Consider Hamlet. His existential angst has become is a crossword puzzle question and answer in the world of Google. Pages of crossword puzzle hits come up for the search for Hamlet.
Question: Hamlet's lament
Ophelia fares no better. She comes up as a song by the Lumineers. It's on top of the list as it as gotten 221 million streams on Spotify.
Compared to this King Lear is "King Lear" and Othello is "Othello". They are characters in Shakespeare plays - no more than that.
What about Romeo? He lives on, having become synonymous with the 'lover'. The urban dictionary defines romeo as an attractive, passionate male seducer or lover. I found a context we wouldn't think of: in the world of espionage, the romeo is a male who is carefully placed within a high level of government agency to seduce lonely females placed high in the government. Females used in this capacity during the cold war were called romiettes.
Is the Alfa Romeo named after Romeo? No it isn't. Instead, it is the combination of the original name of the company and the last name of entrepreneur Nicola Romeo, who took control of the company in 1915: "A.L.F.A." ("Anonima Lombarda Fabbrica Automobile") Romeo.
Our diverse exploration of Shakespearean character names can only be done now with our tools like google.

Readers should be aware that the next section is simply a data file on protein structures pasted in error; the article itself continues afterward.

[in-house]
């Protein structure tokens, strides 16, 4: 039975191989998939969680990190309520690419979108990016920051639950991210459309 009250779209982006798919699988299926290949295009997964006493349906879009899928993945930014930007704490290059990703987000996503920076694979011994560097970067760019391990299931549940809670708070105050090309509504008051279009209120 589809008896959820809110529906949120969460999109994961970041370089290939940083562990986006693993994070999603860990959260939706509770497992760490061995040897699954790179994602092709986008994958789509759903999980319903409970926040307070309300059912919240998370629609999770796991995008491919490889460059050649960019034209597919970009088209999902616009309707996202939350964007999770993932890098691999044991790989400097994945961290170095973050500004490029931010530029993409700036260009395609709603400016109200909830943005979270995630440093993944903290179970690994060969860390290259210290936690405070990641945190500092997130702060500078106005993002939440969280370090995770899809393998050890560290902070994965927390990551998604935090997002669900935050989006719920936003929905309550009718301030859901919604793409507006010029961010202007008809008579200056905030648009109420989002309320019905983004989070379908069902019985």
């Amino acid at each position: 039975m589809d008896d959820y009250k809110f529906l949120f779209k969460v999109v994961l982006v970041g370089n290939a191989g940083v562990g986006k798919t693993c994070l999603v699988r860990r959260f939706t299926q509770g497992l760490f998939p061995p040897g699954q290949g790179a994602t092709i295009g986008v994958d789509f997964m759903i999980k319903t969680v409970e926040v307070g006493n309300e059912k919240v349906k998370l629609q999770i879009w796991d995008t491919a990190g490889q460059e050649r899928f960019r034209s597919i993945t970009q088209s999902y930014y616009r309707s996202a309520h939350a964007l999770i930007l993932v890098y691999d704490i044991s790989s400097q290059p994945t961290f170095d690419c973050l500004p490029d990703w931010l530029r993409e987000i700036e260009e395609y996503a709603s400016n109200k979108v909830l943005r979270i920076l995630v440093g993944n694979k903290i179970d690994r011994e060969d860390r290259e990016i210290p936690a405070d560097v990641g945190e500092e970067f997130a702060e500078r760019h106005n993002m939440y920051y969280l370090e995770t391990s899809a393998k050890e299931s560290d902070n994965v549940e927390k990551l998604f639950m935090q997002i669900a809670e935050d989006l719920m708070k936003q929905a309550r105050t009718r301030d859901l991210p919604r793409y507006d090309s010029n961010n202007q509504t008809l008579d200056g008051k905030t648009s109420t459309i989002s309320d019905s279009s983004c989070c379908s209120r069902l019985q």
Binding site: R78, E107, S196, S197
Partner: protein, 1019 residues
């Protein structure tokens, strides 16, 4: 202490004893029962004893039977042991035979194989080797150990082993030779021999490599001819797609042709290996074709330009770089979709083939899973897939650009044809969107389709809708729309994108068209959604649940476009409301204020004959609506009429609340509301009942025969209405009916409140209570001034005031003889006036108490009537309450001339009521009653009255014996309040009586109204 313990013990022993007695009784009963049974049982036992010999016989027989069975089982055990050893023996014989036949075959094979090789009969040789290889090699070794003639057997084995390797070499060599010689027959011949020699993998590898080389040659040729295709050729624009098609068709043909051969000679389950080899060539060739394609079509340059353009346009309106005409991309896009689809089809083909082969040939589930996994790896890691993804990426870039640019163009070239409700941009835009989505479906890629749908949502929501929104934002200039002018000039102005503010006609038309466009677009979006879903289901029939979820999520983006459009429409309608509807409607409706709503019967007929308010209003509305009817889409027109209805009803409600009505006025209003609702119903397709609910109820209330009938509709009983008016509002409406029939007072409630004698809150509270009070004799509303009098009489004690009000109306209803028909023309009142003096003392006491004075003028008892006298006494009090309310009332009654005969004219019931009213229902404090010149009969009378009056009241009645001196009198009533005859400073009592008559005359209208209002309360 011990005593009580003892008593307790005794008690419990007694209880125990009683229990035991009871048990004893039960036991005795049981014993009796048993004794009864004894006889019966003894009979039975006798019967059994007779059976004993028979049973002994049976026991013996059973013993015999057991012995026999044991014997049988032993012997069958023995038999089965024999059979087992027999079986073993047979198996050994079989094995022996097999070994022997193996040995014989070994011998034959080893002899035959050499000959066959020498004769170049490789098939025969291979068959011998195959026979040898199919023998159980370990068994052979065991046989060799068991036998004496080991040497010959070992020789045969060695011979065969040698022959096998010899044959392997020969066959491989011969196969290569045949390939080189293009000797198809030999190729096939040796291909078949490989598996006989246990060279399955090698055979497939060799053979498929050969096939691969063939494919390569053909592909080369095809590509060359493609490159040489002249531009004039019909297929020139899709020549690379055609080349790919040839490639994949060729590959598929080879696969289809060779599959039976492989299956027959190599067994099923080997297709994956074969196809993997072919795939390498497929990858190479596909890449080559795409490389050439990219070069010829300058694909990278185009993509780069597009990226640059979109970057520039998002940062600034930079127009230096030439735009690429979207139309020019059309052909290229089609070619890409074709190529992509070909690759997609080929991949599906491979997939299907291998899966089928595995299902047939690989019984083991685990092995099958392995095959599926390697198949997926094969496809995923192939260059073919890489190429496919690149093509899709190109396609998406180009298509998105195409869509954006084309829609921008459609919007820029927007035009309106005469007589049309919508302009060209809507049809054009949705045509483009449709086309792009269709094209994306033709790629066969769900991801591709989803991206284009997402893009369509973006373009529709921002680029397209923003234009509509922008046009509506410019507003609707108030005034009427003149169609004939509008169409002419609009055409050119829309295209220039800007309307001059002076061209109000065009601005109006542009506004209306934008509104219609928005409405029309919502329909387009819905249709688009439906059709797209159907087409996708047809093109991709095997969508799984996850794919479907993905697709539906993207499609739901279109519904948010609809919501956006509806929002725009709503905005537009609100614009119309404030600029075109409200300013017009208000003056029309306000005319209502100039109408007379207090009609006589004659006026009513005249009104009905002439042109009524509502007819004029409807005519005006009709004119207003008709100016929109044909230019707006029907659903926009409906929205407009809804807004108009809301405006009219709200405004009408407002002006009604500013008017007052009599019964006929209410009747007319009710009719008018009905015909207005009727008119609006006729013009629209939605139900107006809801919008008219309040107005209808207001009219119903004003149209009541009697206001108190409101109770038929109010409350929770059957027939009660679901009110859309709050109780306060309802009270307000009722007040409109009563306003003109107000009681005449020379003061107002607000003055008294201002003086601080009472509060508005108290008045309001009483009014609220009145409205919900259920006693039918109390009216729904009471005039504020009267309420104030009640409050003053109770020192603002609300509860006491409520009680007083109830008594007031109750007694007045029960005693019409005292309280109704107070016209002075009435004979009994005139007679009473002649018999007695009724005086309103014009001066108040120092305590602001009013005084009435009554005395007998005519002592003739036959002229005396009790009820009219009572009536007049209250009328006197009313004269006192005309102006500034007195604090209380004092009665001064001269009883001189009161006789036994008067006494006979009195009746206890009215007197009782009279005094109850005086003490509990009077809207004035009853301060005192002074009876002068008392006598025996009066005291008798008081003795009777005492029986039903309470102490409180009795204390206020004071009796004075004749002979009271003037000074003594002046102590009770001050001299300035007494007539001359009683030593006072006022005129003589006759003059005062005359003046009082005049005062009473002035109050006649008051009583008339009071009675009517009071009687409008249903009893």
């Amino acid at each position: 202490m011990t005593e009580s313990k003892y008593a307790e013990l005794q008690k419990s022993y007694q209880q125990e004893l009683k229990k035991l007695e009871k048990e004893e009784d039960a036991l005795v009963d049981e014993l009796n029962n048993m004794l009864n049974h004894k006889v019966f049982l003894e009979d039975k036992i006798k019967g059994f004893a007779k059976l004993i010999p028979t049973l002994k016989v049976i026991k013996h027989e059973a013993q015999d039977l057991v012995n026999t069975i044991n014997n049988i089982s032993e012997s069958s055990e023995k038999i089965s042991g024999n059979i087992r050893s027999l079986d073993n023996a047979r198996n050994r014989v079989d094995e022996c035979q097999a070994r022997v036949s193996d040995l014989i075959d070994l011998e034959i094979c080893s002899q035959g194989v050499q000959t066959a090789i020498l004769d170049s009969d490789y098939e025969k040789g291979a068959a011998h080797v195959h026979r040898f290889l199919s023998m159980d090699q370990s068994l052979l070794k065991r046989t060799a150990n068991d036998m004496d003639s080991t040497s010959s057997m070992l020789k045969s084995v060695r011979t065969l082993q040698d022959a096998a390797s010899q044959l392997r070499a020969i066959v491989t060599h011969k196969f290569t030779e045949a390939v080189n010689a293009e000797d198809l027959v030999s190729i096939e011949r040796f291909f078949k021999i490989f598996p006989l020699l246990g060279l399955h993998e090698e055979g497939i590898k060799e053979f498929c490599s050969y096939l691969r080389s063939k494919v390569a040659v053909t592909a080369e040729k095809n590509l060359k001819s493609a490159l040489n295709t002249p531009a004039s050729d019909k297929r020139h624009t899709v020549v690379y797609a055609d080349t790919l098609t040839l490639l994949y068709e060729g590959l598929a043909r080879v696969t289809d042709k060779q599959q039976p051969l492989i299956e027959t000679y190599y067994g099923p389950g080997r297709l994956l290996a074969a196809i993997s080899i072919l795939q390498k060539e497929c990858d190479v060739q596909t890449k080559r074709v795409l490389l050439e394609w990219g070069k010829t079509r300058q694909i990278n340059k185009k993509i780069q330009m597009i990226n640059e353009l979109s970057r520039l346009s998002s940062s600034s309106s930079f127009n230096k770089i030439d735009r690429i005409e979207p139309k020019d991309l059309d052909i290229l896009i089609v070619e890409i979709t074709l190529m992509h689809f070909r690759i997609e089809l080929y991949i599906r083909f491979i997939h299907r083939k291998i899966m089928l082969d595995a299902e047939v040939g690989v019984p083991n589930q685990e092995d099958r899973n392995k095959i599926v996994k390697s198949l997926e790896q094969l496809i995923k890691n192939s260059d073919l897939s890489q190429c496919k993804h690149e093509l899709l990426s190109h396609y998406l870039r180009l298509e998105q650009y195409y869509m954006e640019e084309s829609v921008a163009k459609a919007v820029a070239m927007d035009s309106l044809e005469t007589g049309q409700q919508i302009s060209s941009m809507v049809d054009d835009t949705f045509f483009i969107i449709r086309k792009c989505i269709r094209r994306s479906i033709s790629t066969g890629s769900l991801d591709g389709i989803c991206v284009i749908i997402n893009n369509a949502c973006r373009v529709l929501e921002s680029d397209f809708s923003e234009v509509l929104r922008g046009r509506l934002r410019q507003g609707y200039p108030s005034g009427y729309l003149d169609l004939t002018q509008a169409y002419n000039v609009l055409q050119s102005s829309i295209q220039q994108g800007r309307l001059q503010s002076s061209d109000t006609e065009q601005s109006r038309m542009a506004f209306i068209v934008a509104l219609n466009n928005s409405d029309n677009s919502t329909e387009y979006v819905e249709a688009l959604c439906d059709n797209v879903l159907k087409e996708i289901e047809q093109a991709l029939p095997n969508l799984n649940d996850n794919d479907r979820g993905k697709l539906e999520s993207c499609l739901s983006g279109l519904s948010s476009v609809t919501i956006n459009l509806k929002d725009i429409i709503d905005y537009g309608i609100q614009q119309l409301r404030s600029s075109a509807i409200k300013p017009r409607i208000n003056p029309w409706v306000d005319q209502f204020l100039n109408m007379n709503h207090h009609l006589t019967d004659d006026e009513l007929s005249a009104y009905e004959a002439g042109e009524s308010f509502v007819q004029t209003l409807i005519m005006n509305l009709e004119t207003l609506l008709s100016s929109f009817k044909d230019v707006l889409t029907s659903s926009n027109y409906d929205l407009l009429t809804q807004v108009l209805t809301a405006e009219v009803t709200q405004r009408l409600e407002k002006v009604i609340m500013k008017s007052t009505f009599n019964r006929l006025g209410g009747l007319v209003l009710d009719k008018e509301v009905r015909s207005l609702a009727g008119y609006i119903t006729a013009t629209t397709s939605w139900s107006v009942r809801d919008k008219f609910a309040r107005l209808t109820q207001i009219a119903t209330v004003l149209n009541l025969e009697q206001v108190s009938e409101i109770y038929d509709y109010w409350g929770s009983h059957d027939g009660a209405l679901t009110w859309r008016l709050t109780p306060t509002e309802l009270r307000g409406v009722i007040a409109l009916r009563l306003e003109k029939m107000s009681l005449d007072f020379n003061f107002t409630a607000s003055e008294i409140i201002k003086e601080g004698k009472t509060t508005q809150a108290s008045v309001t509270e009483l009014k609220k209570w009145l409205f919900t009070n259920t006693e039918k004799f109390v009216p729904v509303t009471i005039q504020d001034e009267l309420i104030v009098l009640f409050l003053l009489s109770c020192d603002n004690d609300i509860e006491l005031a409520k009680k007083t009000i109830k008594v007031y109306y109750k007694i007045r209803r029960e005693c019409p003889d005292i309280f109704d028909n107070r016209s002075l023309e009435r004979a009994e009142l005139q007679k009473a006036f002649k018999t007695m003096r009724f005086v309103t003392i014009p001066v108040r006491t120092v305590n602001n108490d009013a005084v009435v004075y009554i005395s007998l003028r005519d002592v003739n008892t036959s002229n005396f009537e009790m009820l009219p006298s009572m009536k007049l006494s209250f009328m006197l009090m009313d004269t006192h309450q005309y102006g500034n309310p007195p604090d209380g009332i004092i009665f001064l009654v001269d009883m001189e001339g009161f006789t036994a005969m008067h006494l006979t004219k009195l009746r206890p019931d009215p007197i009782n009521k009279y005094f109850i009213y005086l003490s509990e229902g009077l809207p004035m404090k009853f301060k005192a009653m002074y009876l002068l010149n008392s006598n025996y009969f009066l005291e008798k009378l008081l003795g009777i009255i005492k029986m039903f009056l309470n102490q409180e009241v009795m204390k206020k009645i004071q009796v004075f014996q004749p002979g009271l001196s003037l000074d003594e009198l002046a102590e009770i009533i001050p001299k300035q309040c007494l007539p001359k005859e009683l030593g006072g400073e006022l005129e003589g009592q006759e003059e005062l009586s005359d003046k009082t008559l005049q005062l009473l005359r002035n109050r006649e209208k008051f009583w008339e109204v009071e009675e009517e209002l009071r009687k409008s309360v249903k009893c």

There's the much longer-lived academic investigation of Shakespeare as the authentic playwright of his works. Here is a recent update: a most interesting article from the New York Times, February 7, 2018.
"Plagiarism Software Unveils a New Source for 11 of Shakespeare's Plays"
The findings were made by Dennis McCarthy and June Schlueter, who describe them in a book to be published next week by the academic press D. S. Brewer and the British Library. The authors are not suggesting that Shakespeare plagiarized but rather that he read and was inspired by a manuscript titled “A Brief Discourse of Rebellion and Rebels,” written in the late 1500s by George North, a minor figure in the court of Queen Elizabeth, who served as an ambassador to Sweden.